Freedom of the Press
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Press Freedom Score (0 = best, 100 = worst)
Legal Environment(0 = best, 30 = worst)
Political Environment(0 = best, 40 = worst)
Economic Environment(0 = best, 30 = worst)
The constitution provides for freedom of the press, but in practice the government acts to restrict it. In 2011 the administration of President Daniel Ortega and his Sandinista National Liberation Front (FSLN) continued to demonize the independent and opposition press while favoring progovernment outlets. Ortega has claimed that right-wing business magnates retain a stranglehold on the media, but his own family, party, and supporters have recently taken control of many outlets, especially television and radio stations.
Criminal libel laws are used frequently against journalists and news outlets. Judges are often aligned with political parties, and some have barred journalists from covering certain stories. Cases of judicial intimidation have also been reported. Many journalists belong to pro- or anti-Sandinista professional associations. In February 2011, a bill that would make “media violence” a criminal offense was introduced in the legislative assembly, raising concerns that it could lead to censorship, self-censorship, and repression of journalists. The bill also includes provisions to reduce crimes against women and would prevent women from being disparaged or satirized in the media.
A 2007 law established the right to access public information. However, Ortega’s administration is highly secretive, and he has given no press conferences since taking office in 2007, according to local reports. Journalists loyal to the ruling party receive preferential treatment, including exclusive access to official press conferences and government events. For example, during the meeting of the Foro de São Paulo in Managua, accreditation to cover the annual meeting of Latin American leftist parties was denied to news organizations known for their critical reporting on the Ortega administration, such as El Nuevo Diario, La Prensa, Channel 2, and Channel 12. According to the Inter American Press Association, the spokesperson for the event, Silvio Esteban Rodríguez, confirmed that he did not have authorization to accredit any reporting team from those outlets.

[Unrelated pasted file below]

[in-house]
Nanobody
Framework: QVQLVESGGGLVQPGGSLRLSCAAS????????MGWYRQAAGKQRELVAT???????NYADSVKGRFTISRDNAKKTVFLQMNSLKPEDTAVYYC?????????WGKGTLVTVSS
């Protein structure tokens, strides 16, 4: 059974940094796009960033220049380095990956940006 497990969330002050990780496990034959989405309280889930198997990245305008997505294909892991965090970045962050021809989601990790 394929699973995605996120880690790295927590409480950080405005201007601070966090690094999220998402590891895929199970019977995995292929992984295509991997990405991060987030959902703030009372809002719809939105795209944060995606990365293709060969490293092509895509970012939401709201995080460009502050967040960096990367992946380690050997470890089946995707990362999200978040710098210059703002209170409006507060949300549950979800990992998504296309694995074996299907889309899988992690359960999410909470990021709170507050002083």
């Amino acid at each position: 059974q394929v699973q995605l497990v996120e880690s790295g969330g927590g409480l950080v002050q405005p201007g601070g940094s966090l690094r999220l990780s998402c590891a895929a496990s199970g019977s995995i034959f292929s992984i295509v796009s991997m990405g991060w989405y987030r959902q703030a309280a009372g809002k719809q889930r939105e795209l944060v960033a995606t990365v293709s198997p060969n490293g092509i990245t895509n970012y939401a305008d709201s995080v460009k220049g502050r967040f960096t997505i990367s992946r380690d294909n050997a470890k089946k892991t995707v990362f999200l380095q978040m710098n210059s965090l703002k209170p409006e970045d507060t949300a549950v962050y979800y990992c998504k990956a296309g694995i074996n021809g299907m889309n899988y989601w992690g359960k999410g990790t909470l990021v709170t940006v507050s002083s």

There were few reports of physical attacks against journalists, but media organizations were subject to threats and harassment by both governmental and private actors. In February 2011, El Nuevo Diario’s correspondent in Masaya, Mercedes Vanegas, was threatened by the former head of police after the publication of information and photos indicating that his son was a suspect in a murder case. Also in February, Luis Galeano, an investigative reporter at El Nuevo Diario, received death threats resulting from his reporting for a series of articles on official corruption. Two days before the articles were published, Galeano received a call from an unknown number on his mobile phone, with the caller telling him that he had “72 hours to live.” The death threat was later reiterated in an anonymous letter addressed to Galeano and sent to the newspaper. In September, El Nuevo Diario’s correspondent in the northern city of Jinotega, Silvia González, fled the country after receiving numerous death threats. She wrote a series of articles beginning in February about a former guerrilla, Gabriel José Garmendia, widely known as “Yajob,” who was killed under mysterious circumstances, according to news reports. She also wrote about corruption in the local government.
There are 10 Managua-based television stations and more than 100 radio stations, which serve as the population’s main source of news. Print media are diverse, with several daily papers presenting both progovernment and critical perspectives. Newspaper ownership has traditionally been concentrated in the hands of various factions of the politically influential Chamorro family, while the prominent Sacasa family dominates the television industry. However, in May 2011, El Nuevo Diario underwent an ownership change when businessman Ramiro Ortiz Mayorga purchased a 61 percent stake. In December, the paper’s longtime news director, Francisco “Chico” Chamorro, was forced to resign from his post—a result of alleged disputes with the new owners regarding the paper’s critical editorial stance on the government. Mexican media mogul Angel Gonzalez, noted for his holdings in Guatemala and Costa Rica, also owns significant outlets in Nicaragua. Several media enterprises are owned and controlled by Ortega’s family and the FSLN, and Ortega continued to bolster his administration’s influence by acquiring more outlets in 2011. At year’s end, the ruling party owned radio stations Radio Ya, Sandino, Primerísima, and Nicaragua. The president or the FSLN also control news websites like El 19 Digital and Nicaragua Triunfa, and nearly half of Nicaraguan television news channels, including Channels 4, 6, and 91. Ortega’s children manage the stations Multinoticias and Channels 8 and 13.
The government uses economic means to exert pressure on the media. It is known to steer official advertising toward state-owned and regime-friendly outlets. In January 2011, broadcasts by Canal 15 Condega TV were taken off the air because of government pressure. In February, there were reports that the government tried to block the importation of paper used for printing El Nuevo Diario, allegedly in reprisal for its reporting on wrongdoing and nepotism in the administration.
There are no government restrictions on the internet, which was used by approximately 11 percent of the population in 2011. Although the penetration rate remains relatively low, the internet has had a significant impact on the Nicaraguan media landscape. The number of Facebook users increased from 150,000 to 700,000 in the past year alone, and many Nicaraguans are now using the internet as a primary source for their news.